“The important thing is that the time gets recorded, whether it’s through time-tracking software
, emailing a ‘note-to-self,’ or even just writing it down on a notepad.”
“It depends on the industry, technology available, and enforcement of the policy. Time records can be kept manually on timesheets
, computer software, security logs, apps
, etc. Also, if a manager or supervisor is aware of after-hours email or texts, particularly if the manager or supervisor is on the communication, he or she should make sure the employee is compensated for any such work time. What matters most is that the employer provides an avenue for employees to accurately keep track of their hours worked and reviews the time records
to ensure they are accurate.”
“The FLSA does not require time clocks or dictate how work hours are recorded. When recording working time under the FLSA, “infrequent and insignificant periods of time beyond the scheduled working hours, which cannot as a practical matter be precisely recorded for payroll purposes, may be disregarded [as de minimis time].” This rule applies only where there are uncertain and indefinite periods of time involved, a few seconds or minutes in duration, and where the failure to count such time is justified by industrial realities. It is important to remember, however, that an employer may not arbitrarily fail to count any part, however small, of working time that can be practically ascertained.”
“An angry employee. Or a group of angry employees. Sometimes employees are happy to work a little extra because they like their job, or receive some side perks (like better performance evaluations and positive recognition from supervisors); but when something goes wrong, and they’re not so happy, they start calling attorneys and the DOL. Obviously, employers never know when a relationship will deteriorate in the future, so compliance is essential. There are, of course, other triggers, but unhappy employees lead the list.”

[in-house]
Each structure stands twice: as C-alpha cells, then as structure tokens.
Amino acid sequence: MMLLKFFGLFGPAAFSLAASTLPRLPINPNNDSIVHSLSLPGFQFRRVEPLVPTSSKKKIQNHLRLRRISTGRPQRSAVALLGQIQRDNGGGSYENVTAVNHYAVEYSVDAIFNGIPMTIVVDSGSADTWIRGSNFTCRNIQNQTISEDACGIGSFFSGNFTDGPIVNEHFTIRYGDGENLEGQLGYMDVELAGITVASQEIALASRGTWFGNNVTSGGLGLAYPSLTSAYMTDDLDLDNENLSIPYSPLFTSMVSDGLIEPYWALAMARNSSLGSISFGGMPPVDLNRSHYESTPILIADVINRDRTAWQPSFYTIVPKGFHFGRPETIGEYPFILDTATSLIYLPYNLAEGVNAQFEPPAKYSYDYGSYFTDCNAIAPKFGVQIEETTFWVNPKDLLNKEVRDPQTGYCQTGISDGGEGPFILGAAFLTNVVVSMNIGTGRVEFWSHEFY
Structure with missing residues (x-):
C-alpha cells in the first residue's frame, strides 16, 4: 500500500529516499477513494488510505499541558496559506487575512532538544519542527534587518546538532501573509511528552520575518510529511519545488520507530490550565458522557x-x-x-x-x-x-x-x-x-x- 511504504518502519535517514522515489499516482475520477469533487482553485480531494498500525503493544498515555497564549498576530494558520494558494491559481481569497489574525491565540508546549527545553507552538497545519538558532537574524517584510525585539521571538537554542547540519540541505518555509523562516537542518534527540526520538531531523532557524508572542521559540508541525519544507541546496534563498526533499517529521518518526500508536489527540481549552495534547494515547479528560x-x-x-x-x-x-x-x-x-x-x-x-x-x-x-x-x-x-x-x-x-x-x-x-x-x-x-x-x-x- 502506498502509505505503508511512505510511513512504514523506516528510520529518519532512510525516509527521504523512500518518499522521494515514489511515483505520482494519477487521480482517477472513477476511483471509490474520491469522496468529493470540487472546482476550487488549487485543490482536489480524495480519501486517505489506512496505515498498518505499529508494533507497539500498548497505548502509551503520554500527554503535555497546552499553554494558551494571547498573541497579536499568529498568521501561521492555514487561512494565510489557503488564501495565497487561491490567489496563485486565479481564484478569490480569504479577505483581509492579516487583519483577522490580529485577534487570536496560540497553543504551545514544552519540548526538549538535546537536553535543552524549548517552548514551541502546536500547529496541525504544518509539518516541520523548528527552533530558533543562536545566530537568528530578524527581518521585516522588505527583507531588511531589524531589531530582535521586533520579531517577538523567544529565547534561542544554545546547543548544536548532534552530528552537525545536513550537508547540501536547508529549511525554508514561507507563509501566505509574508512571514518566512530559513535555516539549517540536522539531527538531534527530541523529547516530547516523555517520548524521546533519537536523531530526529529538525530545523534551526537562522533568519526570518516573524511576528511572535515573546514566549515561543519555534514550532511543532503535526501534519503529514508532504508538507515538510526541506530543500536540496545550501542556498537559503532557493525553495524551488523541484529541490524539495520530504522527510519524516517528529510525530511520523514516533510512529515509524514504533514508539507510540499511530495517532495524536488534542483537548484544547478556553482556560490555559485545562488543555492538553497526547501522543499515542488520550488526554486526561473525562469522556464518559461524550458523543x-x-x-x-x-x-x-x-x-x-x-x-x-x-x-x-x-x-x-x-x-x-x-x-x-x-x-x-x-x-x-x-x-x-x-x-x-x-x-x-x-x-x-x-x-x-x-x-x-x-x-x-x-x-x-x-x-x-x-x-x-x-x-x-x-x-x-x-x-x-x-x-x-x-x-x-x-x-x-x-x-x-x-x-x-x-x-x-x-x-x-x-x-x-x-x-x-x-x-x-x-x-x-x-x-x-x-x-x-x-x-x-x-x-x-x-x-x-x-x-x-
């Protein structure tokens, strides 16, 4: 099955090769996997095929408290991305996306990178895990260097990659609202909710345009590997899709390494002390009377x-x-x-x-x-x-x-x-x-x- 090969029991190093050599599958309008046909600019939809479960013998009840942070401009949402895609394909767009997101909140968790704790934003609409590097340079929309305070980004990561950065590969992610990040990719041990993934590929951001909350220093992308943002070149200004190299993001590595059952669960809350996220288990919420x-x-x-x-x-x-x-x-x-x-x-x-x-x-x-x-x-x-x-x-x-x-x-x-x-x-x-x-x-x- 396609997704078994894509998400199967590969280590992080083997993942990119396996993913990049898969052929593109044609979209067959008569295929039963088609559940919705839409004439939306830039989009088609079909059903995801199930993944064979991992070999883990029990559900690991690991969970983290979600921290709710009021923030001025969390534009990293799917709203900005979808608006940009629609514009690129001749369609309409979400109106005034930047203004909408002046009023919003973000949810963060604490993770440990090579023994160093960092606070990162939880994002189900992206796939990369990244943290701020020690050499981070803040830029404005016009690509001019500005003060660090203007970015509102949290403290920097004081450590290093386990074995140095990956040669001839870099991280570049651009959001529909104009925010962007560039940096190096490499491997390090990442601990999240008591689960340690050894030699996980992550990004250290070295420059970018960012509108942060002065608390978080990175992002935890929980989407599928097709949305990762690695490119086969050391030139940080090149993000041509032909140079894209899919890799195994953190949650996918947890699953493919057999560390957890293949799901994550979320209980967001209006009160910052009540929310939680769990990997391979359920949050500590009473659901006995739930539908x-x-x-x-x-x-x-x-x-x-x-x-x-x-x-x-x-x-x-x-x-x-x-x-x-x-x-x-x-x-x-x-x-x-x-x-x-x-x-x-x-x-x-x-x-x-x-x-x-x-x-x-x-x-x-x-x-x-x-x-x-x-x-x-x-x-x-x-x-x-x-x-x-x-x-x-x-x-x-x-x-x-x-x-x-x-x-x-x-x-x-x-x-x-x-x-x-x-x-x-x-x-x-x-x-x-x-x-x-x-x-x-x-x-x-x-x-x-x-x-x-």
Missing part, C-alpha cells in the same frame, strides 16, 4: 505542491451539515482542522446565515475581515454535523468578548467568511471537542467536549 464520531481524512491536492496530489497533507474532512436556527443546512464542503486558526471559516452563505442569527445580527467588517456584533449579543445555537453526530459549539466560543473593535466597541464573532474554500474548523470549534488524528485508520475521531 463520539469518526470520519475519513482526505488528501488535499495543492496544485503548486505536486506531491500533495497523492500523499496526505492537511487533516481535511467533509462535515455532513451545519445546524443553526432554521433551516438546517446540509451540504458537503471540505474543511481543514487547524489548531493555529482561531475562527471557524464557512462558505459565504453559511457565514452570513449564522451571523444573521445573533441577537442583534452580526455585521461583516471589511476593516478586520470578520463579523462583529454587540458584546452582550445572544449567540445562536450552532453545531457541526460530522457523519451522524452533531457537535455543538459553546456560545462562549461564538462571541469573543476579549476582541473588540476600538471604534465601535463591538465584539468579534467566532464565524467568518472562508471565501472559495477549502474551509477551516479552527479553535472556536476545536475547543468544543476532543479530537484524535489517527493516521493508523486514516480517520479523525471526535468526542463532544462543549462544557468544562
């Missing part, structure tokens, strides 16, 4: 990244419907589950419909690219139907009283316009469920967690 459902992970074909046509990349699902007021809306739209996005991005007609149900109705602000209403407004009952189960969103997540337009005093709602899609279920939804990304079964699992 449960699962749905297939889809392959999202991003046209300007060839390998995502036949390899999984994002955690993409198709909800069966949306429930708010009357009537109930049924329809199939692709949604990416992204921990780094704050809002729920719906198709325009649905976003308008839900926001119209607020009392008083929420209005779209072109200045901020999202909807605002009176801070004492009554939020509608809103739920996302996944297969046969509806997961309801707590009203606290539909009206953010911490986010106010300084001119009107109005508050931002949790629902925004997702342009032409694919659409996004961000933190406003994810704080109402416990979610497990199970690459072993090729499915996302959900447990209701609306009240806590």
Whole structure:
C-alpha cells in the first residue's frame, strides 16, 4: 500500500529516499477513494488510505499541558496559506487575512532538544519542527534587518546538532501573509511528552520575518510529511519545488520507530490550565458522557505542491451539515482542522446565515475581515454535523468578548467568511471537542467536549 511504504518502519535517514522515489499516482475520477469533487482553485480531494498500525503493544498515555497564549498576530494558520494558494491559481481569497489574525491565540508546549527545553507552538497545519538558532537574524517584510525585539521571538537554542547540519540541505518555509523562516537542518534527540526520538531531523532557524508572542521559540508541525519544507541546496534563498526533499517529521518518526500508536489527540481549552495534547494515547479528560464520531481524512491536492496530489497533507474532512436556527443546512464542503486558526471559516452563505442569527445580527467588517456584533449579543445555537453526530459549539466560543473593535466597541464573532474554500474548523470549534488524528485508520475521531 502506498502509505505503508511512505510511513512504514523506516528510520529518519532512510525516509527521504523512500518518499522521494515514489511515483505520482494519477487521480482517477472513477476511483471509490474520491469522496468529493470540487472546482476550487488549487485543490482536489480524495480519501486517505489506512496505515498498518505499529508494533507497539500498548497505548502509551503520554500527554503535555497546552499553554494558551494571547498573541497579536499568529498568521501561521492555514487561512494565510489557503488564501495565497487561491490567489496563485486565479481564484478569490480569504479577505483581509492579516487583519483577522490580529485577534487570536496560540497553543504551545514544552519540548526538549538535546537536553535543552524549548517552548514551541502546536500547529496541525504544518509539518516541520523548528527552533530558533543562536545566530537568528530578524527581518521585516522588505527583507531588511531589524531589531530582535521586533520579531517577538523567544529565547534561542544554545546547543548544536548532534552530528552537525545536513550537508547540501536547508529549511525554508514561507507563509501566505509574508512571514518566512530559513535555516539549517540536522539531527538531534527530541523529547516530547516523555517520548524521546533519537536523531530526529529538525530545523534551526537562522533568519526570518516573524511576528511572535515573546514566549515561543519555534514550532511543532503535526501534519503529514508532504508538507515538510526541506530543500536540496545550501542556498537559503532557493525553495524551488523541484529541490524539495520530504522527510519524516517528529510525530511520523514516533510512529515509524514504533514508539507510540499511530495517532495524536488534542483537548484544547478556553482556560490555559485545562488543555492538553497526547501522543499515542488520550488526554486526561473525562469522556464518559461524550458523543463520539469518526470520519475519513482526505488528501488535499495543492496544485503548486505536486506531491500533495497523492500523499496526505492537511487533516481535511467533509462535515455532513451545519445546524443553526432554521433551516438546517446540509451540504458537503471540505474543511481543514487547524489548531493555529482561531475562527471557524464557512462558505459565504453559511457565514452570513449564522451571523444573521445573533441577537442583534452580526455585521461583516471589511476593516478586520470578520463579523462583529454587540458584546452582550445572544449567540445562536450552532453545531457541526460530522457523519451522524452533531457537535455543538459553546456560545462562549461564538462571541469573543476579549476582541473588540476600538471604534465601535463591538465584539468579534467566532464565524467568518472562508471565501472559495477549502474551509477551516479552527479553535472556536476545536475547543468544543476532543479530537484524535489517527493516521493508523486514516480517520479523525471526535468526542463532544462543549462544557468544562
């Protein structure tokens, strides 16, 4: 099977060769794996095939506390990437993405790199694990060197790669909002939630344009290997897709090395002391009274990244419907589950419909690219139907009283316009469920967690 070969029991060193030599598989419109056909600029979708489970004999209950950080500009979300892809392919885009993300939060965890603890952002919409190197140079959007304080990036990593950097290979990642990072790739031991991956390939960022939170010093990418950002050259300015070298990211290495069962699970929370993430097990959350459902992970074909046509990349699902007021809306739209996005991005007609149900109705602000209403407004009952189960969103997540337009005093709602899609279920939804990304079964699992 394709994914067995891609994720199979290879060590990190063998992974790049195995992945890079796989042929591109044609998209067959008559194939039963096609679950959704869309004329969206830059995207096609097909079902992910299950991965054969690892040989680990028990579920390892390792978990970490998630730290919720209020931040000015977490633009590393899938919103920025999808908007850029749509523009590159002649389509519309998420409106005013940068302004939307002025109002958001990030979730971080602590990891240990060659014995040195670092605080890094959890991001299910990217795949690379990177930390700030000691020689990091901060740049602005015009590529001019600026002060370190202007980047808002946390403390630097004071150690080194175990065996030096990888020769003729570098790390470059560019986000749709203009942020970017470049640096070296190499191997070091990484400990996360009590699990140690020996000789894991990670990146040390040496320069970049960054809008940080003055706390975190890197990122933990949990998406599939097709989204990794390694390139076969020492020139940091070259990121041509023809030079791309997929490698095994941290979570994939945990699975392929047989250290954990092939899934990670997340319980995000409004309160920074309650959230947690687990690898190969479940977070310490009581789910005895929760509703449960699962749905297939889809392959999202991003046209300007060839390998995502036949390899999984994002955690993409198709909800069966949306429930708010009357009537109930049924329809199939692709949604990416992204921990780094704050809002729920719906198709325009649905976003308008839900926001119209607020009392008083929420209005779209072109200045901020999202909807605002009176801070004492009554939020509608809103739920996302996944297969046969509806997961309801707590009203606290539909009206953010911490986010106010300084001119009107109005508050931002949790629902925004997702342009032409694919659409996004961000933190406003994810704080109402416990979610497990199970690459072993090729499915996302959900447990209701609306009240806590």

“When an employee becomes unhappy at work or is terminated, that is when we generally see a lawsuit filed.”
Angry or unhappy employees file lawsuits because they feel they’ve been undercompensated or wronged by the employer. Nip these problems in the bud by focusing on compliance before the problem escalates to an FLSA claim.
- Have an off-the-clock work policy in place to ensure that your employees know exactly when they’re expected to work (or not work)
- Require your employees to track their hours worked (both in and out of working hours) using a mobile, cloud-based time tracking software
- Avoid risk by always paying employees for every second worked – even after hours
- Reclassify employees as “exempt” at your own risk – it may help eliminate off-the-clock work problems, but it could cause bigger misclassification problems down the line
- Focus on compliance NOW, before an unhappy employee comes forward with an off-the-clock work claim
Staci Ketay Rotman
Staci Ketay Rotman is the Community Investment Officer and Co-Chair of the Wage and Hour Practice Team at Franczek Radelet Attorneys and Counselors. She’s the editor and co-author of the firm’s wage and hour blog (wagehourinsights.com) and she has also co-authored a number of articles on wage and hour topics. Staci advises and represents employers in all aspects of labor and employment law.
Philip K. Miles
Philip Miles is an attorney with McQuaide Blasko in State College, Pennsylvania. Since joining the firm, Philip has concentrated his practice on labor and employment law. He and the firm’s labor and employment law team represent clients ranging from individuals to small businesses to large employers with thousands of employees. Miles also publishes a highly regarded independent employment law blog (lawfficespace.com) featuring commentary on cases, current events, and other developments in the field of employment law.
Dena H. Sokolow
Dena H. Sokolow has more than 20 years of experience counseling and defending employers and management on a wide range of labor and employment matters. She partners with her clients (which range from startups to Fortune 500 companies) to best position them to avoid employment law claims or, at a minimum, put the company in the strongest position to defend such claims. She regularly conducts customized audits to ensure compliance with federal and state employment legal requirements (such as wage and hour practices) and conducts management and employee training on a variety of topics that are specifically tailored to each employer’s policies, practices, and particular needs.